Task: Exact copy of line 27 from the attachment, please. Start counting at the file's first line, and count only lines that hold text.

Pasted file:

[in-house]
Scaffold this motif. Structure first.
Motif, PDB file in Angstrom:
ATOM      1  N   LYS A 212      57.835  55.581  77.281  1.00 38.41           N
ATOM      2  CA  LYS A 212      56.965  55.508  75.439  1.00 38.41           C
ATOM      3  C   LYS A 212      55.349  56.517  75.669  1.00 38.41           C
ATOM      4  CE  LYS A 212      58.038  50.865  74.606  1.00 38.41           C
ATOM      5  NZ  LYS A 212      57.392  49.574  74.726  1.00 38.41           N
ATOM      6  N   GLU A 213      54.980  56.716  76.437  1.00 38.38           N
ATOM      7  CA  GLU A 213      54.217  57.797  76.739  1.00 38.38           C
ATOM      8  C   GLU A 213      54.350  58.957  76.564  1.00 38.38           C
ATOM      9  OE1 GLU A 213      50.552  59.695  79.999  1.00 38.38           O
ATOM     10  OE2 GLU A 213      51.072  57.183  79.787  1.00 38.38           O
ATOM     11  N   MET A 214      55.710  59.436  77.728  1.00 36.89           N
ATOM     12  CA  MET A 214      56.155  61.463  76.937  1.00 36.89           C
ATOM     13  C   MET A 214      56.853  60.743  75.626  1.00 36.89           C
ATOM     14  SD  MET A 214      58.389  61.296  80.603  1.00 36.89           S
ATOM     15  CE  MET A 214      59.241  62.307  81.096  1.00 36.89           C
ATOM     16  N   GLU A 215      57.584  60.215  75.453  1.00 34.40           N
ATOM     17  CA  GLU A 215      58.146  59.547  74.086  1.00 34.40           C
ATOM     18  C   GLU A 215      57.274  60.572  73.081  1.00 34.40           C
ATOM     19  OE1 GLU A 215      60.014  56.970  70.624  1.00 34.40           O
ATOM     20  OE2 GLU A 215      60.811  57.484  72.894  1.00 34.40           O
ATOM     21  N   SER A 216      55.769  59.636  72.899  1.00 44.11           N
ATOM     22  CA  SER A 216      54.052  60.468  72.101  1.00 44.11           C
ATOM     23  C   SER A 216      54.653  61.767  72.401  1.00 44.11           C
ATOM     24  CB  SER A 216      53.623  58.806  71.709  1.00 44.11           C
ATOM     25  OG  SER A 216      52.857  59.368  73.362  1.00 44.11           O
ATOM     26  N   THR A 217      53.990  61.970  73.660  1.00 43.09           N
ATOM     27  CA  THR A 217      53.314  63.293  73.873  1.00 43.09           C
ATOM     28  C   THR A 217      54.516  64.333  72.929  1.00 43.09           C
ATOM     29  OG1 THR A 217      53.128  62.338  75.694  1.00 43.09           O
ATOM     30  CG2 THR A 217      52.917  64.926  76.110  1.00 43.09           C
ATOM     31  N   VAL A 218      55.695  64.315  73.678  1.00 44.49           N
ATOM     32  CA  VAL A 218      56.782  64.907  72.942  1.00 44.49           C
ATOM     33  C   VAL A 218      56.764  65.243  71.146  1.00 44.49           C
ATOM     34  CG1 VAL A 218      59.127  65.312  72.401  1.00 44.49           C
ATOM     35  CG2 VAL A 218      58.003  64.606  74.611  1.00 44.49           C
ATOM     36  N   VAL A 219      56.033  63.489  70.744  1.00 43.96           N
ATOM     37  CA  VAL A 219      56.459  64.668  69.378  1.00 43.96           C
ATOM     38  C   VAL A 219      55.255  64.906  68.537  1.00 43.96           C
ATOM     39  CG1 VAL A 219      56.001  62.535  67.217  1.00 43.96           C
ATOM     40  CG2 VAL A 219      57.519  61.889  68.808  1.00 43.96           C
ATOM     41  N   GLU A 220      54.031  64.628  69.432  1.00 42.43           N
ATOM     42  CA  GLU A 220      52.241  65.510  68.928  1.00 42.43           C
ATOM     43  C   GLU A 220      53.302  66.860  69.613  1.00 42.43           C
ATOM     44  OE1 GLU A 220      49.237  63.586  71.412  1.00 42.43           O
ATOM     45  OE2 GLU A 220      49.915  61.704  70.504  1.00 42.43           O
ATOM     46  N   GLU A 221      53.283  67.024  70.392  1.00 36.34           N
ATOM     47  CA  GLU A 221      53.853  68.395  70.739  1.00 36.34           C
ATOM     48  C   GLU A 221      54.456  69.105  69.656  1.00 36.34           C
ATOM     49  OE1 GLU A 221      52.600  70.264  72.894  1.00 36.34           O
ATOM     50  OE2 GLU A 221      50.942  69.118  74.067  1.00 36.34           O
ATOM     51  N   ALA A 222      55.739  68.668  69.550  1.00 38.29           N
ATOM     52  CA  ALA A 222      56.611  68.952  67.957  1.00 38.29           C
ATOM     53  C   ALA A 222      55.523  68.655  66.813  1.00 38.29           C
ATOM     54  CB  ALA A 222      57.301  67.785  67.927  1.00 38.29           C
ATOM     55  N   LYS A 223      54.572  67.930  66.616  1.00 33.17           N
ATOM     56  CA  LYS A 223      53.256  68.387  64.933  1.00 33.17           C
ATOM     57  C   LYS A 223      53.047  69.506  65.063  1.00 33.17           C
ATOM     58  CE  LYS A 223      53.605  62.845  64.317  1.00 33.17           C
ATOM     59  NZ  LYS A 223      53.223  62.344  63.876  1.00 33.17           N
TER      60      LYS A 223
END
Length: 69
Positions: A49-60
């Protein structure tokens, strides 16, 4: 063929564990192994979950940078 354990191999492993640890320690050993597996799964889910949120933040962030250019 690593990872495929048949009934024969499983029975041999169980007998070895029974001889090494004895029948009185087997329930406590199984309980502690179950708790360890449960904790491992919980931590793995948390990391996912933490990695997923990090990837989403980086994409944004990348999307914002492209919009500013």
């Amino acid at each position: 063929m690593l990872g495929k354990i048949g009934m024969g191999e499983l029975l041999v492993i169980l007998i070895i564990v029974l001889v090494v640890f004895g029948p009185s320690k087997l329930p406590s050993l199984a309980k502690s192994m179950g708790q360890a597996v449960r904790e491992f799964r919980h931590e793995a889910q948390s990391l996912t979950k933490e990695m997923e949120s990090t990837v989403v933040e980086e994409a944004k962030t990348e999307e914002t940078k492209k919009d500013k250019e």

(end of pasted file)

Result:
ATOM     24  CB  SER A 216      53.623  58.806  71.709  1.00 44.11           C